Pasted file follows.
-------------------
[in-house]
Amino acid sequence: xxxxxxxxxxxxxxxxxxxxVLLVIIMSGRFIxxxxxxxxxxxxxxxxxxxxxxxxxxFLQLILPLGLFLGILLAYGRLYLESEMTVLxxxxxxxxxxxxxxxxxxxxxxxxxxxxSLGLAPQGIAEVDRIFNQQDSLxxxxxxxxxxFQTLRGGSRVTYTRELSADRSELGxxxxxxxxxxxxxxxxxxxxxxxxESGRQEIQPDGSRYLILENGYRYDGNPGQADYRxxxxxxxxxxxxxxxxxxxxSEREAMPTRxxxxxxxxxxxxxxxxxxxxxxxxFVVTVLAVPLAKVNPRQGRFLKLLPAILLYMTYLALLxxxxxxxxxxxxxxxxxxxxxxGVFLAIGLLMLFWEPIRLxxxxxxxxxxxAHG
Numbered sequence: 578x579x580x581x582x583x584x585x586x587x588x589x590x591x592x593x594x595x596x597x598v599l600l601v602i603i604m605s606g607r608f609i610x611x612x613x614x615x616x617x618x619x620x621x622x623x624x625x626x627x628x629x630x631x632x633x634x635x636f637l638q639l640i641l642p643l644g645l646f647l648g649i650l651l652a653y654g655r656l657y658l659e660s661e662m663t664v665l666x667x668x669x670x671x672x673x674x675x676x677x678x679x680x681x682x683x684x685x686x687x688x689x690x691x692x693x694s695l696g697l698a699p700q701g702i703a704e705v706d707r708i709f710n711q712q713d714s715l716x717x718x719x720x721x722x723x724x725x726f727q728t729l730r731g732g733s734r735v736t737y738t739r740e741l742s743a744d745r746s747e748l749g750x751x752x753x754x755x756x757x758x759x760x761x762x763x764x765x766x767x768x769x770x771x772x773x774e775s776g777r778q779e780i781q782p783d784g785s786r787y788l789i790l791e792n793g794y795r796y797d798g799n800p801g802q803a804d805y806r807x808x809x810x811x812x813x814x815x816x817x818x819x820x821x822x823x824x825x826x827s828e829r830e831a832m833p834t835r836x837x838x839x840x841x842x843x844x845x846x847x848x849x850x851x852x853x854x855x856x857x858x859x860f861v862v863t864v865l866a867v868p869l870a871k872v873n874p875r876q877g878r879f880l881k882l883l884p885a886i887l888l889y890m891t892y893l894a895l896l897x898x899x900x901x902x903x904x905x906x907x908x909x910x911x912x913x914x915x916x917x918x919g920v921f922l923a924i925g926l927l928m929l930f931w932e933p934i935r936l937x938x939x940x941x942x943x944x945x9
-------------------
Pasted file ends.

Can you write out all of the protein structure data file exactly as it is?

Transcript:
[in-house]
Amino acid sequence: xxxxxxxxxxxxxxxxxxxxVLLVIIMSGRFIxxxxxxxxxxxxxxxxxxxxxxxxxxFLQLILPLGLFLGILLAYGRLYLESEMTVLxxxxxxxxxxxxxxxxxxxxxxxxxxxxSLGLAPQGIAEVDRIFNQQDSLxxxxxxxxxxFQTLRGGSRVTYTRELSADRSELGxxxxxxxxxxxxxxxxxxxxxxxxESGRQEIQPDGSRYLILENGYRYDGNPGQADYRxxxxxxxxxxxxxxxxxxxxSEREAMPTRxxxxxxxxxxxxxxxxxxxxxxxxFVVTVLAVPLAKVNPRQGRFLKLLPAILLYMTYLALLxxxxxxxxxxxxxxxxxxxxxxGVFLAIGLLMLFWEPIRLxxxxxxxxxxxAHG
Numbered sequence: 578x579x580x581x582x583x584x585x586x587x588x589x590x591x592x593x594x595x596x597x598v599l600l601v602i603i604m605s606g607r608f609i610x611x612x613x614x615x616x617x618x619x620x621x622x623x624x625x626x627x628x629x630x631x632x633x634x635x636f637l638q639l640i641l642p643l644g645l646f647l648g649i650l651l652a653y654g655r656l657y658l659e660s661e662m663t664v665l666x667x668x669x670x671x672x673x674x675x676x677x678x679x680x681x682x683x684x685x686x687x688x689x690x691x692x693x694s695l696g697l698a699p700q701g702i703a704e705v706d707r708i709f710n711q712q713d714s715l716x717x718x719x720x721x722x723x724x725x726f727q728t729l730r731g732g733s734r735v736t737y738t739r740e741l742s743a744d745r746s747e748l749g750x751x752x753x754x755x756x757x758x759x760x761x762x763x764x765x766x767x768x769x770x771x772x773x774e775s776g777r778q779e780i781q782p783d784g785s786r787y788l789i790l791e792n793g794y795r796y797d798g799n800p801g802q803a804d805y806r807x808x809x810x811x812x813x814x815x816x817x818x819x820x821x822x823x824x825x826x827s828e829r830e831a832m833p834t835r836x837x838x839x840x841x842x843x844x845x846x847x848x849x850x851x852x853x854x855x856x857x858x859x860f861v862v863t864v865l866a867v868p869l870a871k872v873n874p875r876q877g878r879f880l881k882l883l884p885a886i887l888l889y890m891t892y893l894a895l896l897x898x899x900x901x902x903x904x905x906x907x908x909x910x911x912x913x914x915x916x917x918x919g920v921f922l923a924i925g926l927l928m929l930f931w932e933p934i935r936l937x938x939x940x941x942x943x944x945x9